University researchers may have found the answer to Australia's chronic shortage of seasonal fruit pickers by developing a robotic apple harvester.
A research team led by Dr Chao Chen from Monash University's Department of Mechanical and Aerospace Engineering has developed an autonomous robot capable of identifying, picking and depositing apples in as little as seven seconds at full speed.
The robot clasps the apple in a set of suction-aided jaws, twists the fruit to break the stem and then drops it into a basket.
During trials in February and March at Fankhauser Apples in Drouin, Victoria, the robot harvested more than 85 per cent of all reachable apples in the canopy as identified by its vision system.
Dr Chen said less than six per cent of the fruit were damaged due to stem removal.
Apples without stems can still be sold but don't necessarily fit the cosmetic guidelines of some retailers, he said.
With the robot limited to half its top speed, the median harvest rate was 12.6 seconds per apple but in streamlined pick-and-drop scenarios the time was cut to about nine seconds.
By using the robot's top speed, individual apple harvesting time can drop to seven seconds.
"Our developed vision system can not only positively identify apples in a tree within its range in an outdoors orchard environment by means of deep learning but also identify and categorise obstacles, such as leaves and branches, to calculate the optimum trajectory for apple extraction," Dr Chen said.
Automatic harvesting robots, while a promising technology for agriculture, posed challenges for fruit and vegetable growers.
Robotic harvesting of fruit and vegetables required the vision system to detect and localise the produce.
To increase the success rate and reduce damage to produce during harvesting, information on the shape and stem-branch joint location and orientation were also required.
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To counter this problem researchers created a state-of-the-art motion-planning algorithm featuring fast-generation of collision-free trajectories to minimise processing and travel times between apples, reducing harvesting time and maximising the number of apples that can be harvested at a single location.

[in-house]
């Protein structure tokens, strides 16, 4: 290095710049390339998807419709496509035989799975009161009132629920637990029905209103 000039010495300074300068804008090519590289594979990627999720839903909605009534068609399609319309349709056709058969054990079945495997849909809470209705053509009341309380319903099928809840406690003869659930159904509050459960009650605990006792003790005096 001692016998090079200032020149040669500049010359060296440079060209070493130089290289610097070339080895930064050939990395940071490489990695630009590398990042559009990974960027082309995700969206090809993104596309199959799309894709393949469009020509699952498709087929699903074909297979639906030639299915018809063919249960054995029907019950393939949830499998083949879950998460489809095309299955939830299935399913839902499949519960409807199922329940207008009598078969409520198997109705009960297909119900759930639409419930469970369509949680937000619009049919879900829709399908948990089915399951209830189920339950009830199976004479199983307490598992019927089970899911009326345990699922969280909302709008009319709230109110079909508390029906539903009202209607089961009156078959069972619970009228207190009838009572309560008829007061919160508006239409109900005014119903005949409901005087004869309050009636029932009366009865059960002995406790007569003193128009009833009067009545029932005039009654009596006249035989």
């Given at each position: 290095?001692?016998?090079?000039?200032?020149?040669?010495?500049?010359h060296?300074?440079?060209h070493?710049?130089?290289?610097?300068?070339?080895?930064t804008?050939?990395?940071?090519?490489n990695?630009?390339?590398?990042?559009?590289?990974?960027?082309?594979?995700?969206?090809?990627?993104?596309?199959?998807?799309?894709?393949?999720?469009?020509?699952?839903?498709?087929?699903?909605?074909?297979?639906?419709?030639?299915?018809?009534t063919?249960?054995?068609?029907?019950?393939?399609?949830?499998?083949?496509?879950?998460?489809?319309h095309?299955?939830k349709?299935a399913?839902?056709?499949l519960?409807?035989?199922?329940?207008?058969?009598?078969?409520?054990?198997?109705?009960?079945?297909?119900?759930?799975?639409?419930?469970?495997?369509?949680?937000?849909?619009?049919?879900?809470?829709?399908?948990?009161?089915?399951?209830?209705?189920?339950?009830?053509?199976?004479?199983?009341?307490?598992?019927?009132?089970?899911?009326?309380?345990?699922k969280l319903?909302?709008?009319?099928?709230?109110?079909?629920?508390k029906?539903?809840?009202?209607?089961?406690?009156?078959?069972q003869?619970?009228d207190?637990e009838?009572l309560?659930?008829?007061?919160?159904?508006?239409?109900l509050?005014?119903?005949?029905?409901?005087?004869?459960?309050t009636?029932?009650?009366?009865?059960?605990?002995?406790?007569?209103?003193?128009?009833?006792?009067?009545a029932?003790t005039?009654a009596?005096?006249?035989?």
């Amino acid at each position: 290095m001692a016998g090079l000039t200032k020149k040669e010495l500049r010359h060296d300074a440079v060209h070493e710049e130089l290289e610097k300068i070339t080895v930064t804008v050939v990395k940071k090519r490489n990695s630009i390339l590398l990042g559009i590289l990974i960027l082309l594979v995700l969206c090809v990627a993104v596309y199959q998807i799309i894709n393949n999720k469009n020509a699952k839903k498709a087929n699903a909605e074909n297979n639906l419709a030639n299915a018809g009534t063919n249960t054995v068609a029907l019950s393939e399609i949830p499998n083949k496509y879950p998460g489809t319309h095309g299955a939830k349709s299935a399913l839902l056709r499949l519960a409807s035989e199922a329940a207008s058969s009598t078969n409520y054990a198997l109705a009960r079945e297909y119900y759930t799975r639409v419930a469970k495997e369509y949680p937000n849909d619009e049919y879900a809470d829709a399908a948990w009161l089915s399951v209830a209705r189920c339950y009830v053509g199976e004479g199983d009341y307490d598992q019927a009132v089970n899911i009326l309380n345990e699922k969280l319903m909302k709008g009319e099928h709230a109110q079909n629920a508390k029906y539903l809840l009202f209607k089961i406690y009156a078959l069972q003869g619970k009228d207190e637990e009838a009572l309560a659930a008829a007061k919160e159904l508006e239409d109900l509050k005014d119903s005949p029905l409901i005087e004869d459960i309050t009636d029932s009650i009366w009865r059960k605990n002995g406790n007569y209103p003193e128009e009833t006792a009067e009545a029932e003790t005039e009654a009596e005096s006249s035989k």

The robot's vision system can identify more than 90 per cent of all visible apples seen within the camera's view from a distance of about 1.2 metres.
The system can work in all types of lighting and weather conditions including intense sunlight and rain and takes less than 200 milliseconds to process the image of an apple.
"We also implemented a 'path-planning' algorithm that was able to generate collision-free trajectories for more than 95pc of all reachable apples in the canopy," Dr Chen said.
"It takes just eight seconds to plan the entire trajectory for the robot to grasp and deposit an apple.
"The robot grasps apples with a specially designed, pneumatically powered soft gripper with four independently actuated fingers and suction system that grasps and extracts apples efficiently while minimising damage to the fruit and the tree itself.
"In addition, the suction system draws the apple from the canopy into the gripper, reducing the need for the gripper to reach into the canopy and potentially damaging its surroundings. The gripper can extract more than 85pc of all apples from the canopy that were planned for harvesting."